Bill Bonds

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Bill Bonds prepares to interview students at Harrison High School in Farmington Hills, Michigan. 1985 photo.

Bill Bonds is an American television anchor and reporter, best known for his work at WXYZ-TV in Detroit, Michigan. Born circa 1931, Bonds became an Action News anchorman beginning in the early 1970s.

Early career[edit]

A native of Detroit and a graduate of the University of Detroit, Bonds came to fame initially as a reporter for the city's Contact News on WKNR-AM, known as Keener 13. The station also featured such up-and-coming talent as Erik Smith and Frank Beckmann. He was also a reporter for several Michigan radio stations including WCAR, WPON and WQTE.

Bonds joined WXYZ in 1963 as a part-time booth announcer. He worked his way up to the anchor desk with Barney Morris. He and WXYZ first came to prominence for the station's coverage of the 1967 Detroit riots.

Eyewitness News, Action News[edit]

As a result, Bonds was tapped by ABC to become anchorman at KABC-TV in Los Angeles in 1968 to help launch its version of Eyewitness News. He returned to WXYZ-TV in 1971 just as the station was beginning a major upgrade of its news department under the Action News banner. Two years later, it became the highest-rated news broadcast in Detroit, a position it held up until 2011.

WXYZ-TV borrowed most of the basic elements of the Eyewitness News format from its fellow ABC owned and operated stations (WXYZ was an ABC O&O from sign-on in 1948 until ABC sold it in 1985 as part of its merger with Capital Cities Communications). However, it adopted a somewhat harder approach under Bonds' influence. Apart from his brief stint in Los Angeles, and to fill in for Bill Beutel at WABC-TV in New York from 1974 to 1976, Bonds was WXYZ's main 5 p.m. and 11 p.m. anchor until 1995. He also occasionally filled in as anchor of ABC's weekend newscasts.

Over that time, Bonds became something of an icon to the Detroit viewing public. His hard approach to news won him criticism from some quarters, especially because of occasional outbursts on the air, such as an incident during the filming of a news bumper.[1][2]

However, many Detroit viewers saw him as an "average guy" who asked many of the same questions they would have asked. The book "The Newscasters" by Ron Power called Bonds one of the six most influential news anchors in the nation.

Interviews and talk shows[edit]

During the 1980s and 1990s, Bonds hosted an interview segment on the 5 p.m. news called "Up Front," in which he confronted newsmakers with tough questions. One of his frequent targets was longtime Detroit Mayor Coleman Young; their sparring matches were the stuff of local legend (including a fistfight challenge given by Bonds to Young in July of 1989[3]). The segment was unique in that it would often feature national newsmakers interviewed by Bonds via satellite. (Perhaps the most famous incident came in 1991 when Utah Senator Orrin Hatch stormed off set during an especially heated line of questioning by Bonds.)

In 1989, he launched "Bonds On," a primetime talk format show in which he interviewed everyone from presidents (Jimmy Carter and Bill Clinton) to Michigan governors (Jim Blanchard and John Engler) to auto executives (Lee Iacocca, William Clay Ford and Roger Smith) to sports figures (Detroit Tigers manager Sparky Anderson and Detroit Pistons player Joe Dumars).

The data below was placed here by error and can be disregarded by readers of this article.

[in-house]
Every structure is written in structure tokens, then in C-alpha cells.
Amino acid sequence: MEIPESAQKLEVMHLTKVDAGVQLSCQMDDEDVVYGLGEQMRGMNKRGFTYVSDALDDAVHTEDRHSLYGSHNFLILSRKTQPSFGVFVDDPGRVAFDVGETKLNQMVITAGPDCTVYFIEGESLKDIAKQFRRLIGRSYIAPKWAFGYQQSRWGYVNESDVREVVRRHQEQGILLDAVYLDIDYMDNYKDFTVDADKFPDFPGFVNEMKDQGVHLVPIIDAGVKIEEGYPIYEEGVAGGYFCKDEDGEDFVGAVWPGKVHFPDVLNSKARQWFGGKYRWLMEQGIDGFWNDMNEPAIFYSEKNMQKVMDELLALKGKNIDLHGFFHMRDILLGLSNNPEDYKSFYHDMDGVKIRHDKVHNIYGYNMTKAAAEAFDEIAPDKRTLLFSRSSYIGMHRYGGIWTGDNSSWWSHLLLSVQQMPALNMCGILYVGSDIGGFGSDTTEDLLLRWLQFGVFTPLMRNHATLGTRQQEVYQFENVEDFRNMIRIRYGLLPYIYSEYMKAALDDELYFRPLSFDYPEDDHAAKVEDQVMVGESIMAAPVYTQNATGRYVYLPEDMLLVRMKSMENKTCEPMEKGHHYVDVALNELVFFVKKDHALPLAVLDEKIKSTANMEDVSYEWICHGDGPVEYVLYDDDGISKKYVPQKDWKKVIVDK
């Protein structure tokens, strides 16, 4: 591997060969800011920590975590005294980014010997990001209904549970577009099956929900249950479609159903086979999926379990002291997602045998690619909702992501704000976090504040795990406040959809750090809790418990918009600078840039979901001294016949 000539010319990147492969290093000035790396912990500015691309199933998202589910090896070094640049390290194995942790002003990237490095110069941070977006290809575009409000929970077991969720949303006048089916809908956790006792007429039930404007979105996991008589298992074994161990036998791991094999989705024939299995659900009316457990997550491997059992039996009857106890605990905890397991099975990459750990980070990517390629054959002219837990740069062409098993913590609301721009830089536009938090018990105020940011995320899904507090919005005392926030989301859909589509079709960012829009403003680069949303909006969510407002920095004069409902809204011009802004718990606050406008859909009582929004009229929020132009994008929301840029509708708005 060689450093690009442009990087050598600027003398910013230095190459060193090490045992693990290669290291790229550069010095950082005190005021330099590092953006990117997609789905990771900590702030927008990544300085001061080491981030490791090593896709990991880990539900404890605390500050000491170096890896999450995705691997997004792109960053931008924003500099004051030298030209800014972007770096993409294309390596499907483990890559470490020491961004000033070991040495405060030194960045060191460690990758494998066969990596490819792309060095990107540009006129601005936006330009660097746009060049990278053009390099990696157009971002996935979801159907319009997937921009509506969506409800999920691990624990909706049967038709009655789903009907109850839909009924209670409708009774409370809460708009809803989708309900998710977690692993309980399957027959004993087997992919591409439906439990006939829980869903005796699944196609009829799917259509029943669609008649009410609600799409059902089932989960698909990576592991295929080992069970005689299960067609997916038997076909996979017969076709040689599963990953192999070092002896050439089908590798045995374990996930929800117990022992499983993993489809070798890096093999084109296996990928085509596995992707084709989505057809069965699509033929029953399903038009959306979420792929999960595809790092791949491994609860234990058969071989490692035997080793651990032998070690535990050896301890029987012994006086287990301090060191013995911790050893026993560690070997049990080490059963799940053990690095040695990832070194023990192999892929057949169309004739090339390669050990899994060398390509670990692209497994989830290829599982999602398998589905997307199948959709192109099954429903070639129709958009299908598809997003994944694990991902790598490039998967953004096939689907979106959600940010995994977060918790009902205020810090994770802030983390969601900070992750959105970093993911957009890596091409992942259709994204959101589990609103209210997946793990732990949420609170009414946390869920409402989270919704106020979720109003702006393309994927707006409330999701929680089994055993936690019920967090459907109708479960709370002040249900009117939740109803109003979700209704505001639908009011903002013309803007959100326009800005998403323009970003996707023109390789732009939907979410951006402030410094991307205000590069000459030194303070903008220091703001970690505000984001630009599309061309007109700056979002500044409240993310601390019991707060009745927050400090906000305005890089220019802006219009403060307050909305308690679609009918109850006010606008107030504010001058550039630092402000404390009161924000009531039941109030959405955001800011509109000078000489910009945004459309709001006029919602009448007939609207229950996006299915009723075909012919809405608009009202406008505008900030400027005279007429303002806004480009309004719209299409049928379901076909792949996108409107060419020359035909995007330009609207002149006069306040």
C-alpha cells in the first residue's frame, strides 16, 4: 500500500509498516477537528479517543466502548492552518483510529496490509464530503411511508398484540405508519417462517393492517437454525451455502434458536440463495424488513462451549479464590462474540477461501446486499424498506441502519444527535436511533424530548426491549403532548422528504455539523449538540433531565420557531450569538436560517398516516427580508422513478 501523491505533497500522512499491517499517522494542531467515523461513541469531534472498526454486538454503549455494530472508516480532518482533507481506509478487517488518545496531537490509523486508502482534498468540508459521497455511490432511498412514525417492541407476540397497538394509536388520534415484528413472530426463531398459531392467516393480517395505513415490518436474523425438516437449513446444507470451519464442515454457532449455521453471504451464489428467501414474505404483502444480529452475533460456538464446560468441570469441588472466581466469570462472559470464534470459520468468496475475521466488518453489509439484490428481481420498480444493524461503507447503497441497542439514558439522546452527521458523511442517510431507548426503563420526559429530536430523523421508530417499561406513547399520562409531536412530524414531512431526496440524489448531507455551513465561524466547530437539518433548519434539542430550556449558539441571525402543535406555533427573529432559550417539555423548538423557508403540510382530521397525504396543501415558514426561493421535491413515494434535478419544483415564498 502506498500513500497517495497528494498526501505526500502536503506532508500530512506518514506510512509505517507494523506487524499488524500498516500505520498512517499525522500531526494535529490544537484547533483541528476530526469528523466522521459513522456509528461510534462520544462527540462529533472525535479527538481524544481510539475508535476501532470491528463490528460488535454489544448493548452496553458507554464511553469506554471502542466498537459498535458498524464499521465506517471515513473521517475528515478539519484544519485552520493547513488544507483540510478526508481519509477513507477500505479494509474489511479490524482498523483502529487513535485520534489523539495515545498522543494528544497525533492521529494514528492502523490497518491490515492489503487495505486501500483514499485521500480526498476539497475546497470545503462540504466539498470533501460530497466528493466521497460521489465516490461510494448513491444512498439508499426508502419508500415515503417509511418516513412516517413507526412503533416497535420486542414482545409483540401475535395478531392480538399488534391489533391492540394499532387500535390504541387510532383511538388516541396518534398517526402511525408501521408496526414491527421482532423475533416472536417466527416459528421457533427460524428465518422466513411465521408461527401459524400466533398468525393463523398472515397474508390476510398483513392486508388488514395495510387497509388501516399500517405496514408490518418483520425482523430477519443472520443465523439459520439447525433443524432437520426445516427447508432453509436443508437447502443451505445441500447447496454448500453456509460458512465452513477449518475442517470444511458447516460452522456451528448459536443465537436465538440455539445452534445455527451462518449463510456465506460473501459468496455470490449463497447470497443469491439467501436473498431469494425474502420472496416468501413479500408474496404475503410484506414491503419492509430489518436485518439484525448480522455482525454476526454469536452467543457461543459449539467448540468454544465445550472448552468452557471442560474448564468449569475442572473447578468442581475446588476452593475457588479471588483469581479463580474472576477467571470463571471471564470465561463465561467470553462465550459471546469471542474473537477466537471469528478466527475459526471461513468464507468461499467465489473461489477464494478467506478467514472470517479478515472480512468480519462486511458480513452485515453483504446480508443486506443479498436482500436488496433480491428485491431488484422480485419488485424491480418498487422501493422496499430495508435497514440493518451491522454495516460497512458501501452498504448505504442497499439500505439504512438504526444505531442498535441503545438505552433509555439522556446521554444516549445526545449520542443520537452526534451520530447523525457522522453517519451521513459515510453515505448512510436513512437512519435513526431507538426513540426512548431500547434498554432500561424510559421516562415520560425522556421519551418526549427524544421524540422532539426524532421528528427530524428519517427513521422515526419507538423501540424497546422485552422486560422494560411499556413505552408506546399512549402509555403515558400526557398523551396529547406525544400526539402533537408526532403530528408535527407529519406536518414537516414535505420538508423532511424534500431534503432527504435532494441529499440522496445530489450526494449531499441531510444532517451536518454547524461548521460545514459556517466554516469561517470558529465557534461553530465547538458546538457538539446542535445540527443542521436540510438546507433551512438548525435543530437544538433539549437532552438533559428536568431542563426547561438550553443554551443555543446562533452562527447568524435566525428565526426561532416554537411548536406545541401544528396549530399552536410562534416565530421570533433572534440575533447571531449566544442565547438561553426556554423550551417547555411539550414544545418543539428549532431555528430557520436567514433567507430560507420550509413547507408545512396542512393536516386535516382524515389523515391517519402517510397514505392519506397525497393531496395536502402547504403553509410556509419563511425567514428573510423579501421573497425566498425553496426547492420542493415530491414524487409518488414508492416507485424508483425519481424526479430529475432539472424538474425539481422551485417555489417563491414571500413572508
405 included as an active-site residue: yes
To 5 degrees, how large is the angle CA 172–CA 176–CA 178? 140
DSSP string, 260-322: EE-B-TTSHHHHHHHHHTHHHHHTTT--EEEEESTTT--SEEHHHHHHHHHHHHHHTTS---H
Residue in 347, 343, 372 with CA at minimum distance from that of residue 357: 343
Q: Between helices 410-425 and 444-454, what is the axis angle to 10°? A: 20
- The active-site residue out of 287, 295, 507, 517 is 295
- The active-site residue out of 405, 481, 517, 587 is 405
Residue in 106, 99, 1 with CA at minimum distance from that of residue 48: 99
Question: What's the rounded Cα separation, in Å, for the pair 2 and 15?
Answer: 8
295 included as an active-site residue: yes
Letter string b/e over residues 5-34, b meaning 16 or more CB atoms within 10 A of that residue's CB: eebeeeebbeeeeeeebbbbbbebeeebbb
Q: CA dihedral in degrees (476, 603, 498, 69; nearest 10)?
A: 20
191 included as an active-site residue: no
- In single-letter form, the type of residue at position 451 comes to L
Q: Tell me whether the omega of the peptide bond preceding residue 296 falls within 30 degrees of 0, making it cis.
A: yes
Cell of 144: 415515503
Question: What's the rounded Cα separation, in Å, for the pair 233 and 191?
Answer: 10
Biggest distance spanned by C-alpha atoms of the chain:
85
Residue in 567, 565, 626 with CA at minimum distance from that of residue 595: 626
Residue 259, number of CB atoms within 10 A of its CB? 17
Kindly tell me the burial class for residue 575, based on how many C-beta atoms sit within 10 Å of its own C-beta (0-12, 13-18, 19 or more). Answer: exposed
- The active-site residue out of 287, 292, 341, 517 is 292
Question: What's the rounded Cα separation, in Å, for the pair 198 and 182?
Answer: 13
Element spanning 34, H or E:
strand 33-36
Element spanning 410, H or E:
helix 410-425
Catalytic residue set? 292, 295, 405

In 1991, Bonds participated in the nationally-televised town hall meeting for Democratic presidential candidates Clinton, Jerry Brown and Paul Tsongas.

Bonds joined rival WJBK-TV as host of an 11 p.m. talk show, Bonds Tonight on WJBK-TV and also anchored newscasts. He would return to WXYZ for several months in 1999 to read editorials, but left to lend his voice to radio and TV commercials, most notably the Detroit furniture company Gardner-White.

Commercials, radio work[edit]

Since then, he has become the voice of several Detroit-area radio stations, and was even paired with one of his partners at WXYZ's anchor desk, Doris Biscoe, to pitch Better Made potato chips. In addition, one of his favorite drinks has become a local favorite. The "Bill Bonds" - (a mixture of Crown Royal Canadian Whiskey and butterscotch-flavored schnapps) is commonly ordered around Detroit-area establishments.

Bonds caused controversy in 2001 for a Gardner-White ad he taped after the 9/11 terrorist attacks. In it, a visibly shaken and angered Bonds says, according to an article in the Detroit News, "[The terrorists] think they know how to kill and fight a war. But the Americans are coming, bin Laden. They're coming hard and relentlessly. ... You've just bought yourself a one-way ticket to hell."

On October 3rd 2011 Bill Bonds launched The Bonds and Fisher Show With Rachel Nevada on AM 1090 WCAR with fellow Detroit newsman Rich Fisher, respected Detroit radio veteran Rachel Nevada and WWJ-TV (Channel 62) meteorologist Jim Madaus.

Other appearances[edit]

Bonds also had a bit part as a newscaster in a 1970 episode of It Takes a Thief and in the 1971 film Escape from the Planet of the Apes, as well as a cameo as himself in the 1987 film Robocop.

Bill Bonds also made an appearance in the Eminem music video for his hit song "Mockingbird", as a newscaster covering the imprisonment of Eminem's ex-wife Kim Mathers.

Bonds was paid a tribute of sorts in 2003 when Detroit area artists "The Billbondsmen" named themselves after him. Most recently, he has been doing TV ads for The Law Offices of Sam Bernstein.

To celebrate WXYZ-TV's 60th anniversary, Bonds returned to the news desk one more time to anchor a special news broadcast along with former colleagues John Kelly[disambiguation needed] and Marilyn Turner on October 21, 2008.

References[edit]

  1. ^ Bill Bonds Goes Nuts
  2. ^ Bill Bonds Breakdown
  3. ^ http://www.freep.com/article/20100226/ENT03/302260002/Steve-Wilson-Bulldog-bulldozer-

External links[edit]